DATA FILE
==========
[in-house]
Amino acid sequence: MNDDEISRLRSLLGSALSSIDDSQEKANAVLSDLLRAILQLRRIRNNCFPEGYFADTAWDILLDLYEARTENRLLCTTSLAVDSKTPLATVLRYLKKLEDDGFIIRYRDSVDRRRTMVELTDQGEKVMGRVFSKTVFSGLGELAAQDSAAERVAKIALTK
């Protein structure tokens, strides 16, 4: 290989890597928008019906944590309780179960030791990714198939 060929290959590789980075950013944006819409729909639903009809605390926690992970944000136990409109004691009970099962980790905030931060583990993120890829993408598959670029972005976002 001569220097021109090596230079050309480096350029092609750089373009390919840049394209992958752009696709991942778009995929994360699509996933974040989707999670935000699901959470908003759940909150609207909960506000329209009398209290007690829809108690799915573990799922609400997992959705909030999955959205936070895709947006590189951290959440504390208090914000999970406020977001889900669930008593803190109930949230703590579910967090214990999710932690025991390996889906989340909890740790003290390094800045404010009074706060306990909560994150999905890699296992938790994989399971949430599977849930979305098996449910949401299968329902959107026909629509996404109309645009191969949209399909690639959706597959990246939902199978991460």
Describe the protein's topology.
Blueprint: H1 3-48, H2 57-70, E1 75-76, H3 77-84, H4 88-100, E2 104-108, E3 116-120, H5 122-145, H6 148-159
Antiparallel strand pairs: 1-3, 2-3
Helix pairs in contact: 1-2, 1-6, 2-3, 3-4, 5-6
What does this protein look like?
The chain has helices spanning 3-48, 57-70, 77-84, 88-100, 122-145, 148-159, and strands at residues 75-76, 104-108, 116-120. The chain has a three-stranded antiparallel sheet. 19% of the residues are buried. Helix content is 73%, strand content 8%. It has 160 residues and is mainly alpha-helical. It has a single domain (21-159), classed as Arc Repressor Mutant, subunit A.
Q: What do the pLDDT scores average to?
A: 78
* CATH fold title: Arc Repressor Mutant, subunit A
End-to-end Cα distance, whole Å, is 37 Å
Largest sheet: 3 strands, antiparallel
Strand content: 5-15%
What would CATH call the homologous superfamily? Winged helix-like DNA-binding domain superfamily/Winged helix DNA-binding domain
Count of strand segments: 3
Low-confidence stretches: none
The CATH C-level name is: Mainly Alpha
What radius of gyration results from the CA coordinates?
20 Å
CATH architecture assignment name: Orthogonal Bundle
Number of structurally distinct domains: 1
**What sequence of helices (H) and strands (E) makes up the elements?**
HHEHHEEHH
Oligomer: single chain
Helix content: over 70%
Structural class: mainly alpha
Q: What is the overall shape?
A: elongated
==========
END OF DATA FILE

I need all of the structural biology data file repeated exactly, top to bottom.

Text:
[in-house]
Amino acid sequence: MNDDEISRLRSLLGSALSSIDDSQEKANAVLSDLLRAILQLRRIRNNCFPEGYFADTAWDILLDLYEARTENRLLCTTSLAVDSKTPLATVLRYLKKLEDDGFIIRYRDSVDRRRTMVELTDQGEKVMGRVFSKTVFSGLGELAAQDSAAERVAKIALTK
């Protein structure tokens, strides 16, 4: 290989890597928008019906944590309780179960030791990714198939 060929290959590789980075950013944006819409729909639903009809605390926690992970944000136990409109004691009970099962980790905030931060583990993120890829993408598959670029972005976002 001569220097021109090596230079050309480096350029092609750089373009390919840049394209992958752009696709991942778009995929994360699509996933974040989707999670935000699901959470908003759940909150609207909960506000329209009398209290007690829809108690799915573990799922609400997992959705909030999955959205936070895709947006590189951290959440504390208090914000999970406020977001889900669930008593803190109930949230703590579910967090214990999710932690025991390996889906989340909890740790003290390094800045404010009074706060306990909560994150999905890699296992938790994989399971949430599977849930979305098996449910949401299968329902959107026909629509996404109309645009191969949209399909690639959706597959990246939902199978991460």
Describe the protein's topology.
Blueprint: H1 3-48, H2 57-70, E1 75-76, H3 77-84, H4 88-100, E2 104-108, E3 116-120, H5 122-145, H6 148-159
Antiparallel strand pairs: 1-3, 2-3
Helix pairs in contact: 1-2, 1-6, 2-3, 3-4, 5-6
What does this protein look like?
The chain has helices spanning 3-48, 57-70, 77-84, 88-100, 122-145, 148-159, and strands at residues 75-76, 104-108, 116-120. The chain has a three-stranded antiparallel sheet. 19% of the residues are buried. Helix content is 73%, strand content 8%. It has 160 residues and is mainly alpha-helical. It has a single domain (21-159), classed as Arc Repressor Mutant, subunit A.
Q: What do the pLDDT scores average to?
A: 78
* CATH fold title: Arc Repressor Mutant, subunit A
End-to-end Cα distance, whole Å, is 37 Å
Largest sheet: 3 strands, antiparallel
Strand content: 5-15%
What would CATH call the homologous superfamily? Winged helix-like DNA-binding domain superfamily/Winged helix DNA-binding domain
Count of strand segments: 3
Low-confidence stretches: none
The CATH C-level name is: Mainly Alpha
What radius of gyration results from the CA coordinates?
20 Å
CATH architecture assignment name: Orthogonal Bundle
Number of structurally distinct domains: 1
**What sequence of helices (H) and strands (E) makes up the elements?**
HHEHHEEHH
Oligomer: single chain
Helix content: over 70%
Structural class: mainly alpha
Q: What is the overall shape?
A: elongated